Vicki Leversedge's journey started, like many on Renderosity, when she stumbled upon a digital art program. In her case, it was DAZ Studio in 2010.
"In all truthfulness, it’s really my husband’s fault," she said. "I had quit my job and just come off of several years of caring for family, who required full-time in-home hospice care, and I was looking for a distraction and some down time to re-energize myself."
So Leversedge's husband encouraged her to pick up a hobby. Little did he know his equestrian wife would fall in love with creating digital art.
"I had no experience in digital art, but something drew me to Daz and I just had to start playing with it. Back then, I hadn’t the slightest of notions that it would take over as it has and lead me into an art career," Leversedge said.
In the last eight years, Leversedge has joined the Renderosity community as Saidge and became a contract artist who takes commissions from authors and produces promo art for Sympatico Studio.
Because she has no formal training, she had some first-hand advice for hobbyists who are just beginning their own journeys into digital art.
Don't try it all at once.
If you are self-taught, you don't have to conquer every aspect of the program all at once.
"I learn new things pretty much daily, and that’s one of the big drives that keeps me loving this art form," Leversedge said.
Her background in art history and theory (and a mother who is a retired art teacher) laid the groundwork for her artistic journey in the digital world. She took that foundation and built on it with DAZ Studio.
"Not that I can draw or paint to save my life," she laughed. "So I didn’t have to start with that, but what I did do was jump right in there and start with simple renders focusing on a particular aspect of the program."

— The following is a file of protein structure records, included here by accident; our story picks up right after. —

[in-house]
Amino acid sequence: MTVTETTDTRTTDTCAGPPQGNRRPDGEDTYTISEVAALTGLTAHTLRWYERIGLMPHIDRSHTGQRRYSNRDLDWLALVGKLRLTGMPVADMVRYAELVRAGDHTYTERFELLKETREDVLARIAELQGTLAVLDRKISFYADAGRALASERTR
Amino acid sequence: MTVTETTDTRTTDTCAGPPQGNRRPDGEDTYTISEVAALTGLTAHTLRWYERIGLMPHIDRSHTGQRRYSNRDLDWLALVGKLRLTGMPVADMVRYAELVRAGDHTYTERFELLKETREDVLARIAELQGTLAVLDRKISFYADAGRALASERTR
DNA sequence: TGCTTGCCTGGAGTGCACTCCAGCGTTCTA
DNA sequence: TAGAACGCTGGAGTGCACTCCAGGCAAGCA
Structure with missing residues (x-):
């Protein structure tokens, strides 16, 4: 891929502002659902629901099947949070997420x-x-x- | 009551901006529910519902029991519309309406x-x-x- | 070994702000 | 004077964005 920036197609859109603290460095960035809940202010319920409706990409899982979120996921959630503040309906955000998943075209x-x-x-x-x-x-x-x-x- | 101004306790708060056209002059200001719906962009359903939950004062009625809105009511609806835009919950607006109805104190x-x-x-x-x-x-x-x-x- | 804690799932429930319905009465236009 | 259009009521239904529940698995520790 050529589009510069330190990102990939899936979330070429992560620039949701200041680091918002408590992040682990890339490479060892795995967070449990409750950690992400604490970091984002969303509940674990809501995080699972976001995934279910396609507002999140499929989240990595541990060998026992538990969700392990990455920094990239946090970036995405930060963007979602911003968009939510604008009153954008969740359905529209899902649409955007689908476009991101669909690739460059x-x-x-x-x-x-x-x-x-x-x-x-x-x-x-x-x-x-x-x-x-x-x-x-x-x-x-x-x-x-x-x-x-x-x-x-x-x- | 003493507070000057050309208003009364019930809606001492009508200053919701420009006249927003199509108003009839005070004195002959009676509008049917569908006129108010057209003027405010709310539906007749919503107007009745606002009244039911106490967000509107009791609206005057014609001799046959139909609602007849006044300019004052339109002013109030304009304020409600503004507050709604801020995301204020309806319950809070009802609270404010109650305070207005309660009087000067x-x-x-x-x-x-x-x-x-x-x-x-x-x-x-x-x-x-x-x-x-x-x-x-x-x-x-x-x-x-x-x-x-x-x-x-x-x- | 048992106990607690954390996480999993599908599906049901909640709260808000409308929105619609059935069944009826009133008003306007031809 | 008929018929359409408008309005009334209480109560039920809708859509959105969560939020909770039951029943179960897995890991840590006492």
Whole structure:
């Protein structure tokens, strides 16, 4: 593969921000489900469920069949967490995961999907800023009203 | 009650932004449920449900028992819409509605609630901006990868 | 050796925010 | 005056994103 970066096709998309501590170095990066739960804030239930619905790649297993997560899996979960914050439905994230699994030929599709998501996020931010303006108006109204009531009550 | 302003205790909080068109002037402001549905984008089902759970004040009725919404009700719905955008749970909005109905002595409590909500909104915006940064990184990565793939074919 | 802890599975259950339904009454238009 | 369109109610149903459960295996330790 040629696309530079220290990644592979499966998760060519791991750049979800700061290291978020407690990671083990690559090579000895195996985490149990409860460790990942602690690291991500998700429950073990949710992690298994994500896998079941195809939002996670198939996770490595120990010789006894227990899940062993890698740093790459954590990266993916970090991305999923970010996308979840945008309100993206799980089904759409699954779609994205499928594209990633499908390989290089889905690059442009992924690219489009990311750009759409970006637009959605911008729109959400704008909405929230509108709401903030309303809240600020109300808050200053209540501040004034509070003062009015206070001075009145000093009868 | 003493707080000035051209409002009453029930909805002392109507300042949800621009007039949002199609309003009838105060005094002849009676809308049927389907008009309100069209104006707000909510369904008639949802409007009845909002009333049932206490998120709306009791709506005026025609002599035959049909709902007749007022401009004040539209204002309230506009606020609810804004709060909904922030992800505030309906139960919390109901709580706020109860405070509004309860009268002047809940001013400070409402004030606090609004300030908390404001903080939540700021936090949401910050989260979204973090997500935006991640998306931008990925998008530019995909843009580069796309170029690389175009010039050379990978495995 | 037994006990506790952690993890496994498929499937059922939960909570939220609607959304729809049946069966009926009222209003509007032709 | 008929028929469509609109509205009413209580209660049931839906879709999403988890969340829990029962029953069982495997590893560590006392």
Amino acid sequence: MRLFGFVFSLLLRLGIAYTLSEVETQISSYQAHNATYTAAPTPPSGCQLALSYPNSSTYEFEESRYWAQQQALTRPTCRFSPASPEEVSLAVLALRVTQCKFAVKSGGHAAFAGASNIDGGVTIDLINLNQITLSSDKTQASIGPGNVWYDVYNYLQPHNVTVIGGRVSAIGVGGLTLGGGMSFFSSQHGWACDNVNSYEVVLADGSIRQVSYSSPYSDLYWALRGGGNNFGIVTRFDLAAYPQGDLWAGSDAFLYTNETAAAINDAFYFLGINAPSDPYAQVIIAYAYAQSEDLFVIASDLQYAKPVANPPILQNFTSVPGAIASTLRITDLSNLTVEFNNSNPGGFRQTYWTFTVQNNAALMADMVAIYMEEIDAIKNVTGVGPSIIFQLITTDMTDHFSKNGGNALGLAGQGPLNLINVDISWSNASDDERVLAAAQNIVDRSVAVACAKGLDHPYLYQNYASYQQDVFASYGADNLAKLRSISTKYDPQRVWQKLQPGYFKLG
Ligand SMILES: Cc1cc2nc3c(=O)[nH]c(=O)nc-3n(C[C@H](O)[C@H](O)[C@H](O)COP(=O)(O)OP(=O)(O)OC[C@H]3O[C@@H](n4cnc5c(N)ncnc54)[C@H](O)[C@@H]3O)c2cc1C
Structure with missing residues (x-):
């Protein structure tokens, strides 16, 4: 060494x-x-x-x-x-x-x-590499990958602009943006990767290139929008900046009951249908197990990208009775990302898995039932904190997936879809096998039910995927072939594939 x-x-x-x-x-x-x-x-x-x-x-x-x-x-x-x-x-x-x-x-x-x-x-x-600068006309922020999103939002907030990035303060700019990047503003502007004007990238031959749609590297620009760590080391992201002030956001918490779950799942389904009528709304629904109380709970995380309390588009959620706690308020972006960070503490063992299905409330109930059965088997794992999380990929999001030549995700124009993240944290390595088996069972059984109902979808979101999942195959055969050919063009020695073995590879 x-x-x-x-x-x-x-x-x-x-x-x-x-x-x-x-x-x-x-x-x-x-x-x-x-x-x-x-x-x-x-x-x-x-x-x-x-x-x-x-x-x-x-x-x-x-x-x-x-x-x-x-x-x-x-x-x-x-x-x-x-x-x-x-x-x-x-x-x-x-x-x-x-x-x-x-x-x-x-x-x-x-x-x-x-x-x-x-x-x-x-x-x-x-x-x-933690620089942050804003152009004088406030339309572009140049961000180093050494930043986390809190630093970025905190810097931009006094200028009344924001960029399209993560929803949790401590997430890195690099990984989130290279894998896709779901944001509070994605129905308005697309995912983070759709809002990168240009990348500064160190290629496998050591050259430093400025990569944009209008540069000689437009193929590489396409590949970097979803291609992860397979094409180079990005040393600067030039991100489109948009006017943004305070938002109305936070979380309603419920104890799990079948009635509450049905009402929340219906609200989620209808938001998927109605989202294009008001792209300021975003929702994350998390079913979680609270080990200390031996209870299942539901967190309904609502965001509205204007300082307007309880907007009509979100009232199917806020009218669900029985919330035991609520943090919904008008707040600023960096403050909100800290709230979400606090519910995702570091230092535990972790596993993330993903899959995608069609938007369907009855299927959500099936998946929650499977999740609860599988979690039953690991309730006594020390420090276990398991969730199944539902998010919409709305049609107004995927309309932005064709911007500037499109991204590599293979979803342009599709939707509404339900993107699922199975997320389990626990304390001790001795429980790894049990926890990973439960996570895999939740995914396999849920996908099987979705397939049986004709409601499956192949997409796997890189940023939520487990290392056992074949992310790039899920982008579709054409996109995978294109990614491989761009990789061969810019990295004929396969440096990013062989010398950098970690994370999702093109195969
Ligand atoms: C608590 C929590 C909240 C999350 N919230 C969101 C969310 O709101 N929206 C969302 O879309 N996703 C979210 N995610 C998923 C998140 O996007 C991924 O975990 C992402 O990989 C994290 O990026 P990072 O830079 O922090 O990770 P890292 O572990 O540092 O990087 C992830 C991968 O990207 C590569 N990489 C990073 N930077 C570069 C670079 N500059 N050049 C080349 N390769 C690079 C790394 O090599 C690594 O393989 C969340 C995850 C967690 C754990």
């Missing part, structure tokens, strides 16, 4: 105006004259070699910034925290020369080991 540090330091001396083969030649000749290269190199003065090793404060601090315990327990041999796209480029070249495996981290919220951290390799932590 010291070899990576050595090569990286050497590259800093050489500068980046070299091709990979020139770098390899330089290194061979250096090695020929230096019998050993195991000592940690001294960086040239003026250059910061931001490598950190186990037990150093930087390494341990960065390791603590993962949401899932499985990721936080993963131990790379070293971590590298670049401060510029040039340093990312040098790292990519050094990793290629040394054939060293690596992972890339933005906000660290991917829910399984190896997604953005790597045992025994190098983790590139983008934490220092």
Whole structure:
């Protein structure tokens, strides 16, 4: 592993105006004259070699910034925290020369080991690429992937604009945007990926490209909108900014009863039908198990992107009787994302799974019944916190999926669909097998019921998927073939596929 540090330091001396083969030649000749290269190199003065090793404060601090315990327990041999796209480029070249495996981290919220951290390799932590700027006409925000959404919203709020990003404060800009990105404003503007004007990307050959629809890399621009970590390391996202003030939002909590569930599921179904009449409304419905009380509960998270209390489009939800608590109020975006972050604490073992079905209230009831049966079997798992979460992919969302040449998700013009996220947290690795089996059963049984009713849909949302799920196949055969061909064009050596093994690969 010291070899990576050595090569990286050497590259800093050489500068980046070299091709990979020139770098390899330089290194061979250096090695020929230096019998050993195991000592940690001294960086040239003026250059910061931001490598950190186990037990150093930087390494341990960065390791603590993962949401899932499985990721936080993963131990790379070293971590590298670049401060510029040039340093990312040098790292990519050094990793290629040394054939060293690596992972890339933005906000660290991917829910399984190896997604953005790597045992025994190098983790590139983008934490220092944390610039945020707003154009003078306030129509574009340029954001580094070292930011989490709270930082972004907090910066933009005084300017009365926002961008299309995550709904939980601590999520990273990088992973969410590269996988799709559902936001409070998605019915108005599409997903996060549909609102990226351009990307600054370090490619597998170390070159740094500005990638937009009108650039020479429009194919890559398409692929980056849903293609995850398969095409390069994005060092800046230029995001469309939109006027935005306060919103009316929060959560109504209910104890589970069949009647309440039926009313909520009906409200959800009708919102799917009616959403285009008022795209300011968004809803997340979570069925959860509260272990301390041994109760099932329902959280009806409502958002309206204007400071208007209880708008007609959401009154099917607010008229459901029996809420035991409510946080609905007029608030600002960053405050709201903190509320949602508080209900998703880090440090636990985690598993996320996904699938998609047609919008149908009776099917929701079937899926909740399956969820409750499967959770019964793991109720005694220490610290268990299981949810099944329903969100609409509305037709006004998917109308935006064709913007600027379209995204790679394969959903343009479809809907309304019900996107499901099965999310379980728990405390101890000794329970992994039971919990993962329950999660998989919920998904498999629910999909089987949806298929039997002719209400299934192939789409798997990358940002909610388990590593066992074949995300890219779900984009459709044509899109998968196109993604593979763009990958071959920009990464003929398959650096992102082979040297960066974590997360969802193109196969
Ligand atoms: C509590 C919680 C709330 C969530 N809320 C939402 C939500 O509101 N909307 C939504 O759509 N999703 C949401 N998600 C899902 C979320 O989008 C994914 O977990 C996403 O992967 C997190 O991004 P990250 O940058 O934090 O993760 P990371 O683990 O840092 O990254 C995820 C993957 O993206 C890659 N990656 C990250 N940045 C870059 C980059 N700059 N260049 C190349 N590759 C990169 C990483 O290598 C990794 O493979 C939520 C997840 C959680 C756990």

By learning the program one render at a time, she learned what she needed to know as she needed it.
"Learning in 'bite-sized' pieces builds a good and solid foundation," she said.
You are your harshest critic.
All new artists should relax when critiquing themselves.
"We are all our own harshest critic, but when you’re starting out, a new artist needs to cut themselves a bit of slack – it doesn’t need to be perfect; you just need to be happy with what you’ve accomplished, with your own vision, and that will trickle out into the work itself making people take notice," she said.
Find other artists to help with your growth.
Leversedge found the help she needed in the Renderosity gallery.
"In the gallery, I have met a tremendous number of incredibly talented people that, over the years, have been quite generous with their time in answering questions – thank you for that! - and I ask a lot of questions," she said.
Her philosophy is that asking questions is the only way to learn things you don't know.
"The only dumb question is the one you never voiced. I have built up some great online friendships this way, and even if I’m not pestering them with 'how to’ queries, just the chatting has led to some fantastic inspiration," Leversedge said.
"I can think of a few examples off the top of my head, from talking to a particular fellow artist here, that has led me to create some of my own personal favourite pieces (he knows who he is?)," she said.
She said she has accounts at other 3D art websites but just wandering through the gallery has inspired her on more than one occasion.
Find your workflow.
Leversedge creates promo art for found DAZ Studio to be the best program in which to start her work.
"I try to do as much as I can within the program, which I find helps to compliment my postwork," she said, adding she does as much as she can in the program to force herself to learn more about the program.
Because her render times are high, even after the release of Iray, she does postwork on a second computer.
After the renders are finished, she moves to PaintShop Pro "with plugins like Filter Forge, KTP, Nik, etc, and add tools from ON1 Effects 10 and PhotoDonut. That said, I always come back and finish everything up within PaintShop," she said.
To finish up, she tweaks the lighting, fixes poke-thru errors, and adjusts settings like coloring and saturation.
"All of these I do on individual layers, in varying opacities, and combine them at the end into what is hopefully a finished piece that will go over well. There’s always a great many windows open all at once on my desktop," she said.
Michelle Willard, Editor of Renderosity Magazine | Former newspaper reporter. Recovering archaeologist. Political nerd. True crime junkie. Read her articles here.